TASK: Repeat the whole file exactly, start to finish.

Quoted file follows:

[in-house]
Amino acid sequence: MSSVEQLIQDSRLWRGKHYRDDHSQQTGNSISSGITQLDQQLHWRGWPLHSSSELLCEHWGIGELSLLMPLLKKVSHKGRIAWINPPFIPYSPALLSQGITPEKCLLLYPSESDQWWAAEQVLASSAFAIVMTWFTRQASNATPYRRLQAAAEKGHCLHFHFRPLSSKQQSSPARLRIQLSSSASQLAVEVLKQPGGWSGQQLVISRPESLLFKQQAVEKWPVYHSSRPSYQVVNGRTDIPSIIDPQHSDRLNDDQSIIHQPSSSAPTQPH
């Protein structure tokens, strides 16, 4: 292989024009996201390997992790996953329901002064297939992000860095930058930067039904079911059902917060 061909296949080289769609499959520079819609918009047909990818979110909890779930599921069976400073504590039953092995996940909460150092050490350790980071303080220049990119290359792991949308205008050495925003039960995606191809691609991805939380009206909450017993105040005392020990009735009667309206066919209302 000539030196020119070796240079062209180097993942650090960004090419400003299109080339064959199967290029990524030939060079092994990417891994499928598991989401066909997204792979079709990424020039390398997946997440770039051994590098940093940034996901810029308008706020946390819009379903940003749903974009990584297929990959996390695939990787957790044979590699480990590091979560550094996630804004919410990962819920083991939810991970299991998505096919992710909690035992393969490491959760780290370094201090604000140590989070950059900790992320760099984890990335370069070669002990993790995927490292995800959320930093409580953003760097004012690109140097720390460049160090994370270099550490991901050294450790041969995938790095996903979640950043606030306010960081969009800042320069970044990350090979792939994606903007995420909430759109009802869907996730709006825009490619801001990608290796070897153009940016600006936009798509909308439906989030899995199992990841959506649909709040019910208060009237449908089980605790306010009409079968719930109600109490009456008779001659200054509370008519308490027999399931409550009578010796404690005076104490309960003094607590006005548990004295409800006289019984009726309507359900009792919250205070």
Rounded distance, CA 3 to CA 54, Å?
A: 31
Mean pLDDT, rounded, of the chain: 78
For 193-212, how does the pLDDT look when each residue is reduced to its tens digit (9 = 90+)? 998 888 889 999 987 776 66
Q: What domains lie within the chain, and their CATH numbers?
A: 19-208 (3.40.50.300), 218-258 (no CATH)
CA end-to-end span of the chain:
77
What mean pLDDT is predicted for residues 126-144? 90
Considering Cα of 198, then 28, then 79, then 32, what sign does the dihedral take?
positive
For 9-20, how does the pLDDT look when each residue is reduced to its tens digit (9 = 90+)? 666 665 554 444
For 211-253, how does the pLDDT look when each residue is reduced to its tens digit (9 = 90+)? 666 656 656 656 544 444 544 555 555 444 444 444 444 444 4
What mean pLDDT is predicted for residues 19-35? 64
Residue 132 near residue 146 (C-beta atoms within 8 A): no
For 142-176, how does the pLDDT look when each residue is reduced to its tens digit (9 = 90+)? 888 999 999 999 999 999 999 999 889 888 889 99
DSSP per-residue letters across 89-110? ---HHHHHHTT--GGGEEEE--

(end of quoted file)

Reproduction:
[in-house]
Amino acid sequence: MSSVEQLIQDSRLWRGKHYRDDHSQQTGNSISSGITQLDQQLHWRGWPLHSSSELLCEHWGIGELSLLMPLLKKVSHKGRIAWINPPFIPYSPALLSQGITPEKCLLLYPSESDQWWAAEQVLASSAFAIVMTWFTRQASNATPYRRLQAAAEKGHCLHFHFRPLSSKQQSSPARLRIQLSSSASQLAVEVLKQPGGWSGQQLVISRPESLLFKQQAVEKWPVYHSSRPSYQVVNGRTDIPSIIDPQHSDRLNDDQSIIHQPSSSAPTQPH
């Protein structure tokens, strides 16, 4: 292989024009996201390997992790996953329901002064297939992000860095930058930067039904079911059902917060 061909296949080289769609499959520079819609918009047909990818979110909890779930599921069976400073504590039953092995996940909460150092050490350790980071303080220049990119290359792991949308205008050495925003039960995606191809691609991805939380009206909450017993105040005392020990009735009667309206066919209302 000539030196020119070796240079062209180097993942650090960004090419400003299109080339064959199967290029990524030939060079092994990417891994499928598991989401066909997204792979079709990424020039390398997946997440770039051994590098940093940034996901810029308008706020946390819009379903940003749903974009990584297929990959996390695939990787957790044979590699480990590091979560550094996630804004919410990962819920083991939810991970299991998505096919992710909690035992393969490491959760780290370094201090604000140590989070950059900790992320760099984890990335370069070669002990993790995927490292995800959320930093409580953003760097004012690109140097720390460049160090994370270099550490991901050294450790041969995938790095996903979640950043606030306010960081969009800042320069970044990350090979792939994606903007995420909430759109009802869907996730709006825009490619801001990608290796070897153009940016600006936009798509909308439906989030899995199992990841959506649909709040019910208060009237449908089980605790306010009409079968719930109600109490009456008779001659200054509370008519308490027999399931409550009578010796404690005076104490309960003094607590006005548990004295409800006289019984009726309507359900009792919250205070």
Rounded distance, CA 3 to CA 54, Å?
A: 31
Mean pLDDT, rounded, of the chain: 78
For 193-212, how does the pLDDT look when each residue is reduced to its tens digit (9 = 90+)? 998 888 889 999 987 776 66
Q: What domains lie within the chain, and their CATH numbers?
A: 19-208 (3.40.50.300), 218-258 (no CATH)
CA end-to-end span of the chain:
77
What mean pLDDT is predicted for residues 126-144? 90
Considering Cα of 198, then 28, then 79, then 32, what sign does the dihedral take?
positive
For 9-20, how does the pLDDT look when each residue is reduced to its tens digit (9 = 90+)? 666 665 554 444
For 211-253, how does the pLDDT look when each residue is reduced to its tens digit (9 = 90+)? 666 656 656 656 544 444 544 555 555 444 444 444 444 444 4
What mean pLDDT is predicted for residues 19-35? 64
Residue 132 near residue 146 (C-beta atoms within 8 A): no
For 142-176, how does the pLDDT look when each residue is reduced to its tens digit (9 = 90+)? 888 999 999 999 999 999 999 999 889 888 889 99
DSSP per-residue letters across 89-110? ---HHHHHHTT--GGGEEEE--